Originally posted on 19 December 2011

Q: I am turning 55 next year and I have been told I should look to set up an Allocated Pension even though I am still working. I earn $140,000, have a little more than $600,000 in Super. I don’t need any more income and don’t want to draw on my Superannuation savings. Why should I consider an Allocated Pension now?

A: Even though you are still working, as you are over 55, you are entitled to establish an Account Based Pension (an Allocated Pension is one of these). The strategy to draw on your Super whilst working and continue to contribute to Super is called a Transition to Retirement Strategy (TTR) .Even though you draw on your Super savings, you can actually boost your overall Retirement position.

The advantages of establishing the Account based Pension are as follows:

 

Super funds pay earnings tax at 15% on income to the fund, Account based Pensions are tax free and are still entitled to claim back Franking Credits.

 

At 55 you are only required to draw income from the pension at a minimum rate of 3% a year. The maximum you can draw whilst still employed is 10% a year. As you get older the minimum amount required to be drawn increases but the maximum you can draw will remain at 10% until you reach age 65, retire or meet another condition of release.

 

The pension payment drawn from an Account Based Pension is taxed concessionally. The portion of funds contributed from after tax dollars within your fund can be received tax free as income. This component is referred to as your “tax free component”. The “taxable component” which comprises earnings on funds and contributions made where a tax deduction has been claimed by an individual or employer, is taxed at your Marginal tax rate but also attracts a 15% tax rebate. When you turn 60, all pension payments received will be tax free.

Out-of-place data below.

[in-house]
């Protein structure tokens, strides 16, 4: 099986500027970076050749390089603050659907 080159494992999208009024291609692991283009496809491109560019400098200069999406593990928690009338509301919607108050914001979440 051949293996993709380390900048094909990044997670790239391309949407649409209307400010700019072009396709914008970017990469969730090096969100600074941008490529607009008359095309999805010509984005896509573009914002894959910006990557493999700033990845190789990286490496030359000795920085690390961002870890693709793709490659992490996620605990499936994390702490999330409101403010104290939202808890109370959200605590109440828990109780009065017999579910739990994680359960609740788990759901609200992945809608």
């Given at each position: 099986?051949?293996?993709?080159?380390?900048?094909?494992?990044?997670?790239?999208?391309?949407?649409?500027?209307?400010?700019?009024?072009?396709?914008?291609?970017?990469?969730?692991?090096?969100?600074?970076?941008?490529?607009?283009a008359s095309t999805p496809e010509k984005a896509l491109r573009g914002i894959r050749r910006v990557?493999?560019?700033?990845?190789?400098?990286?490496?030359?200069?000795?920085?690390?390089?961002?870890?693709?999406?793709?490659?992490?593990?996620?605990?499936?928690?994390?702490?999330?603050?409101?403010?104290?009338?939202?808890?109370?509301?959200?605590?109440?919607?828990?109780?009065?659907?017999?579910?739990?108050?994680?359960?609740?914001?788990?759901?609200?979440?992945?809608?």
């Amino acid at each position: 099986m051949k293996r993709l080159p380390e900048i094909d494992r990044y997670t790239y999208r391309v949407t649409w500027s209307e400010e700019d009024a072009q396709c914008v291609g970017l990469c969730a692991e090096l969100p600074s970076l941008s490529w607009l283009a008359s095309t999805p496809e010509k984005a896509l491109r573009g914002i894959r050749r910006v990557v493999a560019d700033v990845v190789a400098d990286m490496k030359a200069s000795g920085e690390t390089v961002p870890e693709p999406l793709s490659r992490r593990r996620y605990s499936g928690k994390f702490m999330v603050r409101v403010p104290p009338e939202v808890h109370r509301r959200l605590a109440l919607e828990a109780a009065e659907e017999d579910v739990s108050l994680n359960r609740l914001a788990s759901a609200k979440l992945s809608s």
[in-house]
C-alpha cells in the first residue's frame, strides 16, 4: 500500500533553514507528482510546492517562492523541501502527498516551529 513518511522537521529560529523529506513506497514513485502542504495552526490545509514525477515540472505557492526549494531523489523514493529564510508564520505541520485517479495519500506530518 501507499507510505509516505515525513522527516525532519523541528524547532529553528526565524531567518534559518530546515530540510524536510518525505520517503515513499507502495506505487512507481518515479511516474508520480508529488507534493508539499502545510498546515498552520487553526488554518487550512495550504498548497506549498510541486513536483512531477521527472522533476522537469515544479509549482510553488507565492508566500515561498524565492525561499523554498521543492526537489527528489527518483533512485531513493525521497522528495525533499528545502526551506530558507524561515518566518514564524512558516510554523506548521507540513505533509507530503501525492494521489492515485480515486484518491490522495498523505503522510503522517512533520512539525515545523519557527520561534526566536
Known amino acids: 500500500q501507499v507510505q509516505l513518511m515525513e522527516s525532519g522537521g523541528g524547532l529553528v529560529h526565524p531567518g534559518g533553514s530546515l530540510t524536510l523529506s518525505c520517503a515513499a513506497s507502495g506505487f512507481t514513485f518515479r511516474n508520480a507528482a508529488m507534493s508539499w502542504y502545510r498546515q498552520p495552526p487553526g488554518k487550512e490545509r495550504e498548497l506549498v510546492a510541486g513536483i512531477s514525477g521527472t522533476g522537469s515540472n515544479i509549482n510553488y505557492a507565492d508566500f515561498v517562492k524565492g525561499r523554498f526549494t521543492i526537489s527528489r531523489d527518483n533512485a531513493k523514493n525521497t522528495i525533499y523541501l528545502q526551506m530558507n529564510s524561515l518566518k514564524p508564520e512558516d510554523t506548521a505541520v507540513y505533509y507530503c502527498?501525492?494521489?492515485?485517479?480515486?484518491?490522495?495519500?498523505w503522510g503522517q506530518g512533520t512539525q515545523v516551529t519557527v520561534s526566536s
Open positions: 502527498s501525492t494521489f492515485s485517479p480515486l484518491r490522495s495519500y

After drawing down your pension payments, you can then contribute more of your before-tax salary back into Super through salary sacrifice contributions. This salary sacrificing, combined with the above pension tax benefits, can result in a boost to your retirement nest egg and reduce your overall tax paid.

 

It is important to remember that there are limits to the amount that can be salary sacrificed into Super without incurring tax penalties. The “Concessional” Contribution cap is $50,000 per year for those aged 50 and over. From 30 June 2012 this cap will revert to $25,000 for those with more than $500,000 in Super. Please be careful as the amount counted towards this cap also includes employer’s existing contributions, such as the 9 per cent Super Guarantee Contribution.

 

If you are already making Salary Sacrifice contributions at the maximum rate, you can still make contributions into your Super fund as “Non-Concessional” contributions i.e. from after tax dollars. The limits on these contributions are $150,000 a year or $450,000 every 3 years if you are under age 65.

 

In most cases, if you are 55 or older you will benefit from using an Account based Pension to optimise retirement savings. A Financial Planner will be able to estimate the benefits of using the strategy. Whilst the tax concessions remain, use them. Make sure you get advice as getting it wrong can lead to unintended consequences.

 

This article was published in The Australian on 17 December 2011. A direct link to the article can be found here.
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